Who Gets To Write Public-School History Textbooks?

Anyone with an “intent to submit” form.

Do you need special credentials to write a textbook?

A new fourth-grade Virginia history textbook was found to contain the dubious assertion that battalions of African-American soldiers fought for the Confederacy during the Civil War. The textbook’s author, who has written other textbooks and children’s books like Oh Yuck!: The Encyclopedia of Everything Nasty, says she found the information in question on the Internet. Can just anyone write a school history textbook? 

Sort of. Anyone can write and publish a textbook, but before it gets handed out to public-school students, the book’s content would have to be approved by several review committees. As long as the textbook is deemed to meet state-specified guidelines and cover the subject matter with accuracy and coherence, the author’s pedigree can be of secondary importance. Textbook publishing is typically a collective endeavor, anyway. Publishers often contract with a handful of freelancers who have knowledge about specific subject areas. There’s no particular qualification required for these freelancers: Anyone with a Ph.D. in a relevant field might be acceptable, for example, but so would a high-school teacher with a decent writing sample. In general, the publisher hires a more distinguished scholar as the main editor, who oversees the project and has final say over the content.

For a third- or fourth-grade state-history textbook, a publisher might approach an individual who’s a content expert—a college professor or museum director—to serve as sole author on a project. That person would be given an outline of material that must be included, such as the state’s geography, symbols, and history. Publishers sometimes assemble independent, in-house panels to review the text for quality assurance.  Then the publisher submits the book to the appropriate state review committee, which can recommend the book to the state board or suggest changes if the book is found to be deficient.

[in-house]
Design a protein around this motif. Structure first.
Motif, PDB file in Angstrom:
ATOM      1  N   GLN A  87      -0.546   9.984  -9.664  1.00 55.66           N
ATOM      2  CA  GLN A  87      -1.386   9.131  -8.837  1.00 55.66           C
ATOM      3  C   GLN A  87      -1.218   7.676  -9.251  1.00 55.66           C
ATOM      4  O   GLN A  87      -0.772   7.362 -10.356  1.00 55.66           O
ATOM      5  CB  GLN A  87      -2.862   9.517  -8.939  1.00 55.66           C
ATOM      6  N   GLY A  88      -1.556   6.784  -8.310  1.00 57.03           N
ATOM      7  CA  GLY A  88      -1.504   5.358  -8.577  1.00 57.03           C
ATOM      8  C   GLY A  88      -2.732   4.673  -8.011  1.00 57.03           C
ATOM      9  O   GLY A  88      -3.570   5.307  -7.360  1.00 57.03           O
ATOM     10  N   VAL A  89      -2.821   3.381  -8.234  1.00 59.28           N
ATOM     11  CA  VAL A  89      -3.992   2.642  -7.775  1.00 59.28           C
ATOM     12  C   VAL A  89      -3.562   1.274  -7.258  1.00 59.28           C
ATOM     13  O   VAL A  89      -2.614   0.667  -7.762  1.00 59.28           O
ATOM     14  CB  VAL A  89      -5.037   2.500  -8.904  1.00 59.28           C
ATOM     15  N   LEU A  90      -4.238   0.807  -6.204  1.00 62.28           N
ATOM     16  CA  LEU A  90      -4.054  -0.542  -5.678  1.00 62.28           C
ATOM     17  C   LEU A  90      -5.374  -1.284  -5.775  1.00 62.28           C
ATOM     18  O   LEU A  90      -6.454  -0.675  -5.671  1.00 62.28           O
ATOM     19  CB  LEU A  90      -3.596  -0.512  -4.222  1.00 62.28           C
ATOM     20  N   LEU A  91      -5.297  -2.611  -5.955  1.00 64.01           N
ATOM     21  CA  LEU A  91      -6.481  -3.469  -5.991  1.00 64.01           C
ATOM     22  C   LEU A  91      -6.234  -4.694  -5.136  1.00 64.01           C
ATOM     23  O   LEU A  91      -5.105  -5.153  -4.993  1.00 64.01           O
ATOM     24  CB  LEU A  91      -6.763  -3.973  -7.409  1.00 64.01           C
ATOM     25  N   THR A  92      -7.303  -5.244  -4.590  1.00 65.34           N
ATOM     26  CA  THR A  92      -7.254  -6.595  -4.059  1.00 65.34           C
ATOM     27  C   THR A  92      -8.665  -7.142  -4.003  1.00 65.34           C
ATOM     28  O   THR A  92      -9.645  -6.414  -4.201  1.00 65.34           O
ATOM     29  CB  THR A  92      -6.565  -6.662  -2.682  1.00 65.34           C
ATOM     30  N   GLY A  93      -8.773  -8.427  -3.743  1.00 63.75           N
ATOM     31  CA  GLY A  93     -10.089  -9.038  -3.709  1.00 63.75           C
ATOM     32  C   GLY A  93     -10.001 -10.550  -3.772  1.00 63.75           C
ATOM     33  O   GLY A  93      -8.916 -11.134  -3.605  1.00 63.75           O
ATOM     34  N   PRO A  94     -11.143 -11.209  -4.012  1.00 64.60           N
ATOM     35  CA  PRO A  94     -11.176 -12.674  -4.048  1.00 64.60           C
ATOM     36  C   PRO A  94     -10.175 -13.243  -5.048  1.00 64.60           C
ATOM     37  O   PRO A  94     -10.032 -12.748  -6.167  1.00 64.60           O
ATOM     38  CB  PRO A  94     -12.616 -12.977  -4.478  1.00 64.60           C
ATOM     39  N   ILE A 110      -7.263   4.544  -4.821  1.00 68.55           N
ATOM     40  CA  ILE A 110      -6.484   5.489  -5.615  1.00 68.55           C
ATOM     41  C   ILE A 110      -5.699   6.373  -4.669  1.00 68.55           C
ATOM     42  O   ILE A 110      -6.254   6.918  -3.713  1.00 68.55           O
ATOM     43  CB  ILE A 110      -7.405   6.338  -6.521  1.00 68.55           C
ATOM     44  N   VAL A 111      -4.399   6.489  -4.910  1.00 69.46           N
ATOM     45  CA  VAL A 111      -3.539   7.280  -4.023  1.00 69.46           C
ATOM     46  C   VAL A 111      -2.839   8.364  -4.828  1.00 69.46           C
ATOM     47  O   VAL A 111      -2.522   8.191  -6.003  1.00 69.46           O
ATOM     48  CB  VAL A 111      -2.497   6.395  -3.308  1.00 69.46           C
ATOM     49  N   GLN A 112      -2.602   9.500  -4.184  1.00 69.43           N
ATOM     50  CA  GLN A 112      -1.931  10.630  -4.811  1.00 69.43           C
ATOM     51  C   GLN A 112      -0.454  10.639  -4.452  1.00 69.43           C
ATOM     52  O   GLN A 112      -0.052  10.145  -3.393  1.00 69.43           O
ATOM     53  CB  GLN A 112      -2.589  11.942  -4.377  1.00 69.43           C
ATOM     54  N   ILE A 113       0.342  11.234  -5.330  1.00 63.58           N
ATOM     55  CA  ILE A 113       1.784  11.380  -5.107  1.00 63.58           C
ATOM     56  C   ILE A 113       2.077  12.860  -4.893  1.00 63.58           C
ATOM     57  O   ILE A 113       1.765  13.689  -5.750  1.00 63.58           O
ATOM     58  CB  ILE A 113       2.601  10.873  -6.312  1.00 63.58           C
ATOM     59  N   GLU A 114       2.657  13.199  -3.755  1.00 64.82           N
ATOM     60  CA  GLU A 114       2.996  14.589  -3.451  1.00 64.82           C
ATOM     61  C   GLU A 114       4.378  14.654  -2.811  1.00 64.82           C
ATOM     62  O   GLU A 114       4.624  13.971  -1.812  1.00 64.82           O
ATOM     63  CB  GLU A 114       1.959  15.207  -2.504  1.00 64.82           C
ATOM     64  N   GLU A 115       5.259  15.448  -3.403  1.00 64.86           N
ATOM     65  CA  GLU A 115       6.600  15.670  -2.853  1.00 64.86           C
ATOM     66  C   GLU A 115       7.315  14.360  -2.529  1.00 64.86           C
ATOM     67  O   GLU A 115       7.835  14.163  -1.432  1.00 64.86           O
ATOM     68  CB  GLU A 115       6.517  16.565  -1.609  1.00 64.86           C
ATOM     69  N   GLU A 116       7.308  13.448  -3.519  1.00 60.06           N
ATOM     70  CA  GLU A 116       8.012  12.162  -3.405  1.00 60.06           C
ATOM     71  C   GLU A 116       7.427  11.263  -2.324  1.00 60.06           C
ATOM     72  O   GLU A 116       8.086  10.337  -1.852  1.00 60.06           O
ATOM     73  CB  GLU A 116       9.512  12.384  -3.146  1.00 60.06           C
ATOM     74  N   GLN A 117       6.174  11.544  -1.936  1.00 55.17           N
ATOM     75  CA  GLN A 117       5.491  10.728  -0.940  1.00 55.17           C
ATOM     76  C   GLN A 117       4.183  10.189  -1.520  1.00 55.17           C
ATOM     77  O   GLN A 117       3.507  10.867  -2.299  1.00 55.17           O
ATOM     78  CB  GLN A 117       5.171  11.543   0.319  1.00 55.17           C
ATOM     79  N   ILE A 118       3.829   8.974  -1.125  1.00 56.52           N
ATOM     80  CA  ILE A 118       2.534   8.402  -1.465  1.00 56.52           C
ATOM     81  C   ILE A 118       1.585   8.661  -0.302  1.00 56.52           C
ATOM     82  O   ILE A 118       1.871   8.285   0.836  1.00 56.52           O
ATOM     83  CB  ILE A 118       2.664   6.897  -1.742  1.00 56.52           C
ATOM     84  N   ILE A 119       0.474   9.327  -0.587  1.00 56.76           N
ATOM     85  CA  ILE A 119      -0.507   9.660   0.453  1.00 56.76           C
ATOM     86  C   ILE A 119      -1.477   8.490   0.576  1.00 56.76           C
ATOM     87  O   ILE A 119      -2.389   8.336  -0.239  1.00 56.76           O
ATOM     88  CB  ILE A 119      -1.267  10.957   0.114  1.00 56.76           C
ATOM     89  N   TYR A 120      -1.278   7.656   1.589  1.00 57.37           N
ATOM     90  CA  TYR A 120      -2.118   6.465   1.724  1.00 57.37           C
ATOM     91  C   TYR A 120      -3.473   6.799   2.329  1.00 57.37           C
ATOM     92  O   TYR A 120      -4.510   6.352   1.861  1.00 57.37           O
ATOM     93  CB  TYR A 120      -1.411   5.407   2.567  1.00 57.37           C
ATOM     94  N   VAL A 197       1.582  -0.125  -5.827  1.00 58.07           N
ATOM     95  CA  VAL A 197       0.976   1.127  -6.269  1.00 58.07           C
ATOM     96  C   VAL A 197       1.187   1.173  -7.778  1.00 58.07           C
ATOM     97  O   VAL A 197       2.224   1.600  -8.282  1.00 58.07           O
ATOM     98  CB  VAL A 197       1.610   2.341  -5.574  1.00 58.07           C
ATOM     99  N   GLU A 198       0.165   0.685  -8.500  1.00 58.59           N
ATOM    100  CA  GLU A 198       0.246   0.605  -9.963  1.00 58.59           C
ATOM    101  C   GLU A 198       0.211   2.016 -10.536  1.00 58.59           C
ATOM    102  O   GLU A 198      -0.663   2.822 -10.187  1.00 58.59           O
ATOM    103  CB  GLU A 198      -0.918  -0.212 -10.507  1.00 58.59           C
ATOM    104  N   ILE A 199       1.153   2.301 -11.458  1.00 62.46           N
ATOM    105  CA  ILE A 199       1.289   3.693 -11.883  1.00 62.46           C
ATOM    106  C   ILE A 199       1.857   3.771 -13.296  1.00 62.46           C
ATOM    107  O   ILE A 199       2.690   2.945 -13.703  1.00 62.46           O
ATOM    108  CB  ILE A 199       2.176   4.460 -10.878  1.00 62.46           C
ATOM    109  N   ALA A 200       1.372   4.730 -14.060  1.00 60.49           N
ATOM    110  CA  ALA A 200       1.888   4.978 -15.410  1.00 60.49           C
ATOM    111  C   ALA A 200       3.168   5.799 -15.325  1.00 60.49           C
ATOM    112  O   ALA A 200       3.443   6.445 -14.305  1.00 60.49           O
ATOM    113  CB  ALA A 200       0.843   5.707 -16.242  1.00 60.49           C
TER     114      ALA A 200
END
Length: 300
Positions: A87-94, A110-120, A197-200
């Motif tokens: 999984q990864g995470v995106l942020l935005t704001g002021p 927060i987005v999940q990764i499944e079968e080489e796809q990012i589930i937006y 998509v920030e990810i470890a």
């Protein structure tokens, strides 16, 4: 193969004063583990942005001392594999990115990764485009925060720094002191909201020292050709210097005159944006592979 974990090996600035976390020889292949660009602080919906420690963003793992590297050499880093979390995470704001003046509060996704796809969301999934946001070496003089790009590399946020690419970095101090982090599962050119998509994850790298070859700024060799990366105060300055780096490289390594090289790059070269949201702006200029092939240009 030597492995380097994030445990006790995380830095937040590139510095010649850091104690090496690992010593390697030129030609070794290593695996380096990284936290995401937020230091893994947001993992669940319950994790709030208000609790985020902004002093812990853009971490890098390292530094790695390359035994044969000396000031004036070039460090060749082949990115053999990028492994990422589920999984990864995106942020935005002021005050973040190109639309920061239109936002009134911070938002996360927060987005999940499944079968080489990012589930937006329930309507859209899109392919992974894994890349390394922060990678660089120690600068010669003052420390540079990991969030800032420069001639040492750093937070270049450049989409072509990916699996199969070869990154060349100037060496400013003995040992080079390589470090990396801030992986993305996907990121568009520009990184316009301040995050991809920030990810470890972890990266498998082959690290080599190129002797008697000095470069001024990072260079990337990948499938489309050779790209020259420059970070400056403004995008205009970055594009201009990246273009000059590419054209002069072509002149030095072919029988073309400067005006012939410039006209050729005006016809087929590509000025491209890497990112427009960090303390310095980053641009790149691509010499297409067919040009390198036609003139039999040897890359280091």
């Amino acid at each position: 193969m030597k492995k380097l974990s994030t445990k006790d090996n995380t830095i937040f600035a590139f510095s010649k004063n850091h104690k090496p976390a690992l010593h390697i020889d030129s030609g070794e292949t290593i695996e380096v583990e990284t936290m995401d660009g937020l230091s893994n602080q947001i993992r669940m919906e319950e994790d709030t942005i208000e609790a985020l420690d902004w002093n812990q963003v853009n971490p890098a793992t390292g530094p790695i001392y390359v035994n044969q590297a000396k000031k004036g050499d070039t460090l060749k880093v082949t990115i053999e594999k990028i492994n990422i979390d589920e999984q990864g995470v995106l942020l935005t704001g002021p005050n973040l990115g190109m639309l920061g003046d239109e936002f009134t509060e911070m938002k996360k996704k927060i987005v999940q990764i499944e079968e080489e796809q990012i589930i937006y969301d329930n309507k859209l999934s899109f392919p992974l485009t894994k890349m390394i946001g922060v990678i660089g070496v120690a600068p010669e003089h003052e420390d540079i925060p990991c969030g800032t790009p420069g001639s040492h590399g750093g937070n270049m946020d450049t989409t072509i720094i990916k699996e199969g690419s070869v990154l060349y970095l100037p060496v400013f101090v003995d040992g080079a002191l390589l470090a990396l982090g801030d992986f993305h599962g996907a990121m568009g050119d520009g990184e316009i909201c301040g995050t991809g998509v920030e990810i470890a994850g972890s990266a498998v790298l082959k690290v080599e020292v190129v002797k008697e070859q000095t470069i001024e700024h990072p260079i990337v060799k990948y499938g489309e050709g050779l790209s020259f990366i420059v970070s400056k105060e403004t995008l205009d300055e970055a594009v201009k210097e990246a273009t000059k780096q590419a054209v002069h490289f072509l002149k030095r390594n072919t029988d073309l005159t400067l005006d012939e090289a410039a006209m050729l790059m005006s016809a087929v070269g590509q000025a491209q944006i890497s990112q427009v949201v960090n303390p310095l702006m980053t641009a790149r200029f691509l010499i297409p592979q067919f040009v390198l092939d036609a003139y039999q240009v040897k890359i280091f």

In Virginia, as in most states, the board of education sets guidelines for a textbook’s content but not for the qualifications of its author. In theory, anyone with a self-published manuscript could send her work to the review board and try to get it into the public school curriculum. Interested educators and authors can simply find out which instructional materials are up for review, send in an “intent to submit” form, and then mail a sample textbook to the preliminary review committee. (The book must adhere to state educational standards, but those are easily downloaded.) 

It’s rare for self-published, single-author textbooks to get approved, but it happens. The faulty textbook in Virginia, which was published by a company owned by the author, made it through a review committee consisting of three teachers, an open public comment period, and a final board review before becoming one of 61 state-approved titles last spring. The same author has five other titles on the list.

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Explainer thanks Kathy Borkowski of the Wisconsin Historical Society Press, Jay Diskey of the Association of American Publishers, Richard Hull of the Text and Academic Authors Association, Hollie Keith of Gibbs Smith Education, and Charles Pyle of the Virginia Department of Education.   

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